• Temples and Towers of the Virgin

    Zion

    National Park Utah

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    Starting September 7, the last shuttle leaves the Temple of Sinawava at 8:30 pm. More »

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    Monday to Thursday through 10/3: The East Rim Trail from Weeping Rock to Echo Canyon, including Hidden Canyon, is closed.
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Tarantulas

tarantula

NPS/ADRIENNE FITZGERALD

Tarantulas – Big & Hairy, but not so Scary

Tarantulas are the largest spiders in the southwest, and one of Zion’s most misunderstood inhabitants. Despite their portrayal in horror movies as deadly, poisonous, and aggressive, tarantulas are actually docile and interesting creatures. Although tarantulas are capable of biting a person if harassed, bites are very rare and their venom is considered non-toxic to humans. And like most wildlife, they won’t bother you if you don’t bother them.

Tarantulas are rarely seen in Zion—they are nocturnal and spend most of their time in underground burrows--but sightings are most common on park roads in late summer and fall, when the males are out cruising for females. The females are basically homebodies who don’t travel far from their individual burrows during their lifespan of up to 25 years. Males may live up to 10 years—and are the tarantulas most frequently seen—during their perilous journey in search of a mate. Many are run over on roads, or eaten by predators en route. For those lucky enough to find a receptive female, some are eaten by the female after mating, and if not, will die soon anyway.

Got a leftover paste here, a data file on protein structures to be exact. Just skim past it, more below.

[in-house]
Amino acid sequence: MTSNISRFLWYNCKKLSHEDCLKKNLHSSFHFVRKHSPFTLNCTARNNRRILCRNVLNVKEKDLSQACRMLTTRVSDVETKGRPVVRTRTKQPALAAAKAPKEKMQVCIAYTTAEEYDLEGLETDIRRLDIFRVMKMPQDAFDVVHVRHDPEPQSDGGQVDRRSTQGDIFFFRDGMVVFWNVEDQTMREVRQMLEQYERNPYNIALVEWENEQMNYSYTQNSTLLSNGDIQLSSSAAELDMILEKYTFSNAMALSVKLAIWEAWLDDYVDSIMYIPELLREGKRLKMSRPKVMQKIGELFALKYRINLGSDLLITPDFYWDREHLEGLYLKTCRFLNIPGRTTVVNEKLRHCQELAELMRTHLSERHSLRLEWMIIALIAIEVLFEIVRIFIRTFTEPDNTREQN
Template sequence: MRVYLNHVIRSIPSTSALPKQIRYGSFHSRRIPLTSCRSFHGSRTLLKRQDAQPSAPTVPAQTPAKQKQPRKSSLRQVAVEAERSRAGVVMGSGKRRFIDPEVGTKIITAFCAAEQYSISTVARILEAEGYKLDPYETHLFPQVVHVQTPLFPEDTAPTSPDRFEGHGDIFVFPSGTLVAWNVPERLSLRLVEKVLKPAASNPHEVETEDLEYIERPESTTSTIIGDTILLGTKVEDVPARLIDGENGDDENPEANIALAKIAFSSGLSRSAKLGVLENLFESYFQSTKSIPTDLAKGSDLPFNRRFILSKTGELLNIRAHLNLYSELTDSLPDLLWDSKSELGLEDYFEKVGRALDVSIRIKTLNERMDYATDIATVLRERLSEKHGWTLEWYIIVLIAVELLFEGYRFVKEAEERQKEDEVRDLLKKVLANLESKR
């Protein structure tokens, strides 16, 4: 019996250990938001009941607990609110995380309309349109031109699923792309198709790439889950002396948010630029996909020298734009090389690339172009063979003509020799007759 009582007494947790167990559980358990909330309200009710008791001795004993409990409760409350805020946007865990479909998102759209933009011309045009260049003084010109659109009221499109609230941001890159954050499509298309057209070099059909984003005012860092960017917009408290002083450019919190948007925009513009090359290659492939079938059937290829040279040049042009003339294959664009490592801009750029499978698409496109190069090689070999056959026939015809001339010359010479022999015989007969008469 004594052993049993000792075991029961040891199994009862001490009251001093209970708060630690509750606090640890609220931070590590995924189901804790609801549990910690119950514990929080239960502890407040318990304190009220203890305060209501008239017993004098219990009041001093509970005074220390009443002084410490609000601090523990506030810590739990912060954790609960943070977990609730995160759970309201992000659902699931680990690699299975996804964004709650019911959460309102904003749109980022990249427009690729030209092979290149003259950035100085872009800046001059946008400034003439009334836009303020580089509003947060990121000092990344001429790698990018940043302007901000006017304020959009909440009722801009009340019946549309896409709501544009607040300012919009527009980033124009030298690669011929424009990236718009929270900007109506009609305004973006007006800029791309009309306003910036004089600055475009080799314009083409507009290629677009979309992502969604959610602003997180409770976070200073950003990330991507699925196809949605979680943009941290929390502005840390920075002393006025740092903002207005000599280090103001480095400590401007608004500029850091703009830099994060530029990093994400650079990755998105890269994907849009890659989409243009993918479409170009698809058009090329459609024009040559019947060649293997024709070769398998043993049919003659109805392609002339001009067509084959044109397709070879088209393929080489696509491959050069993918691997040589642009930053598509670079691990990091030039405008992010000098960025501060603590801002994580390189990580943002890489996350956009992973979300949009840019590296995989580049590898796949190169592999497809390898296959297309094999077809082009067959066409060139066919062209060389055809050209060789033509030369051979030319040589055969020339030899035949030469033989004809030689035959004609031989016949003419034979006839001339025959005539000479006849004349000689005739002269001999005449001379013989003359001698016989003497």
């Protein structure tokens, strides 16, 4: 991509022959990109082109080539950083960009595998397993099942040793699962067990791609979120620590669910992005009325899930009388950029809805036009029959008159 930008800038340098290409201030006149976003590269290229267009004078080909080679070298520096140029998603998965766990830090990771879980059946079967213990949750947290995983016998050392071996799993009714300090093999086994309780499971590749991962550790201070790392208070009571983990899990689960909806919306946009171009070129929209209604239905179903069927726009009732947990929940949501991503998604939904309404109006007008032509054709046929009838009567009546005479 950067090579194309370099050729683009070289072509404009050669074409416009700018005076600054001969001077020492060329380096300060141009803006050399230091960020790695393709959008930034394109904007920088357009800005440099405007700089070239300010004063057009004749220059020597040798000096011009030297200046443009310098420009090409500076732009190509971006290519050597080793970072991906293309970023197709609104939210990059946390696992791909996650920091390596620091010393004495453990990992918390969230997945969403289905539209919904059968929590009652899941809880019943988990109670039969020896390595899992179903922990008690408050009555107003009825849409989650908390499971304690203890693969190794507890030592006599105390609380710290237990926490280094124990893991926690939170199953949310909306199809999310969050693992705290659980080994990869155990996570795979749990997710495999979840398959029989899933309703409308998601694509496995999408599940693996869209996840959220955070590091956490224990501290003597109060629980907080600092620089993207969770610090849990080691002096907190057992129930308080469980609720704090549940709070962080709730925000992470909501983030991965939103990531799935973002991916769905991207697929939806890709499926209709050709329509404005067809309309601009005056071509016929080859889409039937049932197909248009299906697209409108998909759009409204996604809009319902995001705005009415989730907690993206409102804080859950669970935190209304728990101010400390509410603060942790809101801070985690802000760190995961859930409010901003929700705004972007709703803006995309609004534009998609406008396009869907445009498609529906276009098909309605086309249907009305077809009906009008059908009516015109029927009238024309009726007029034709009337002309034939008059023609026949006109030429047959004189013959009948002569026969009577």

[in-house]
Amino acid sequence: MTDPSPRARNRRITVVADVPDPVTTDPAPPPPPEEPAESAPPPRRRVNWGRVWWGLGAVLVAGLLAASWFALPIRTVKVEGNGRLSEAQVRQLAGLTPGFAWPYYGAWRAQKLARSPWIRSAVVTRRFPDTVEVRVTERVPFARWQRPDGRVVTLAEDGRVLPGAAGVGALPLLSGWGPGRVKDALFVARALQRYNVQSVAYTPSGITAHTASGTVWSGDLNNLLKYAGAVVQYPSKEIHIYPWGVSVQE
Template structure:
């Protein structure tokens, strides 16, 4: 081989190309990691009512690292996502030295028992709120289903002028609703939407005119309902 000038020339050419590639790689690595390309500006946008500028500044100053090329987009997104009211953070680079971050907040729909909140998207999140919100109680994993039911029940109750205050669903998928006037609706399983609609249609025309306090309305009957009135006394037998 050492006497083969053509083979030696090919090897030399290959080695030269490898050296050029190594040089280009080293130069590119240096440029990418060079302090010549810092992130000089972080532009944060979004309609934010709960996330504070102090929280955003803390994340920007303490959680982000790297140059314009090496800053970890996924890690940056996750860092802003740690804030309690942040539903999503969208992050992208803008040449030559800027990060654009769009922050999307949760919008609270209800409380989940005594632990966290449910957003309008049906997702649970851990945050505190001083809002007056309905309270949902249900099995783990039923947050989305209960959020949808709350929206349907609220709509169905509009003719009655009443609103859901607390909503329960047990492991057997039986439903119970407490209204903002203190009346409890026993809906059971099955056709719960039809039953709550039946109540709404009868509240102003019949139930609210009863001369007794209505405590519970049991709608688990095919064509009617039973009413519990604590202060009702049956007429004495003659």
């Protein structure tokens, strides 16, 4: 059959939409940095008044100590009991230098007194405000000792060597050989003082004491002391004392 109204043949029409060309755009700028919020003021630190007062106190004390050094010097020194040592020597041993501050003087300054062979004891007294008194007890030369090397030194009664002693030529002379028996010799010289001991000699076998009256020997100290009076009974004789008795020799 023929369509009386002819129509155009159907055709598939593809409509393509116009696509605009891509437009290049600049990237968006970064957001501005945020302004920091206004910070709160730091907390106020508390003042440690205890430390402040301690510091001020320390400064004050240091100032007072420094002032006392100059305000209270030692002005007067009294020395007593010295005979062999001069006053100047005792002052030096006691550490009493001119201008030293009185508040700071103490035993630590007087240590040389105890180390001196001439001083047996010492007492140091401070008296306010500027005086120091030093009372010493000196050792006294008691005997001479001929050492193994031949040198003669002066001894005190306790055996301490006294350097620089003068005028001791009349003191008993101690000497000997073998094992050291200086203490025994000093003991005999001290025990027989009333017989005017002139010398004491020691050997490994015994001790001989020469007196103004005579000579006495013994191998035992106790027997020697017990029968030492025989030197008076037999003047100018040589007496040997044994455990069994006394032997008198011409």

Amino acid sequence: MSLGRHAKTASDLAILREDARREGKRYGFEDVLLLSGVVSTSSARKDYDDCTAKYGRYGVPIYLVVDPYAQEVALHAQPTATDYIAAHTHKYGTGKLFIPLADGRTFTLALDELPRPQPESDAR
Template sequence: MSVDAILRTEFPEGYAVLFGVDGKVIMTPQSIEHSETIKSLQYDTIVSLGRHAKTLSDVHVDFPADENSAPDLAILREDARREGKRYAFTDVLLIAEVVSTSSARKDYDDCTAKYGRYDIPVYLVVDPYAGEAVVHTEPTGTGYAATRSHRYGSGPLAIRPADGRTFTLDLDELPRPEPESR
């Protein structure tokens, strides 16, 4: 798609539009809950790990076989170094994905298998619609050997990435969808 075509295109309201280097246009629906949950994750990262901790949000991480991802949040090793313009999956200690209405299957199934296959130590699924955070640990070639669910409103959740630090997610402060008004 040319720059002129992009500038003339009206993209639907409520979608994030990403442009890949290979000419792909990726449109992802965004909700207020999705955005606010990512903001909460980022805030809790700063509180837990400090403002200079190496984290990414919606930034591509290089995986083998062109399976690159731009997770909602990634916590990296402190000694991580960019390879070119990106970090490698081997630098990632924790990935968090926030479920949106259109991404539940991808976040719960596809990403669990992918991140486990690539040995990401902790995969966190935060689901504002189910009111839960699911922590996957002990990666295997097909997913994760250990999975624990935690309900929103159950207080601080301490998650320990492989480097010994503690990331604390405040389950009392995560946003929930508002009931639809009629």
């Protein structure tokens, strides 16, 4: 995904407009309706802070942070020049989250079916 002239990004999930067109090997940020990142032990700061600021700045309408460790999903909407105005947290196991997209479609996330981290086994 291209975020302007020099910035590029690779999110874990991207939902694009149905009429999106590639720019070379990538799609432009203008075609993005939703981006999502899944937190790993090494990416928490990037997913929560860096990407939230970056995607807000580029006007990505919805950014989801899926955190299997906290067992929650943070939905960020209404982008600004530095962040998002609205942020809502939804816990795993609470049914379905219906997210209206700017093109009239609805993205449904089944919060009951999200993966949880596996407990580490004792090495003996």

Foxes, pallid bats, roadrunners, and other desert omnivores may include a tarantula on their dinner menu. Tarantulas are also hunted in their own homes by a parasitic wasp known as the Tarantula Hawk. The main defense a tarantula has against predators is to use its back legs to fling hairs from its belly at the attacker. The hairs are finely barbed(urticating hairs), and can cause severe irritation to the face of a curious coyote. Tarantulas are nocturnal hunters, and items on the menu are primarily insects—grasshoppers, beetles, or even other spiders. Tarantulas use their fangs to inject venom which subdues and helps to digest their prey. One cricket can tide a tarantula over for a few weeks – a good thing in the desert, where food may be scarce. Also, like many desert animals, spending time underground allows them to survive the heat of a desert summer and the cold of winter.

While in Zion, be sure to follow posted speed limits and drive carefully to avoid hitting tarantulas and other park wildlife. If you do see a tarantula during your park visit, consider yourself lucky!

Did You Know?

Phlox

With its wide variety of habitats, Zion has one of the most diverse groupings of plants in Utah, with over 900 species. More...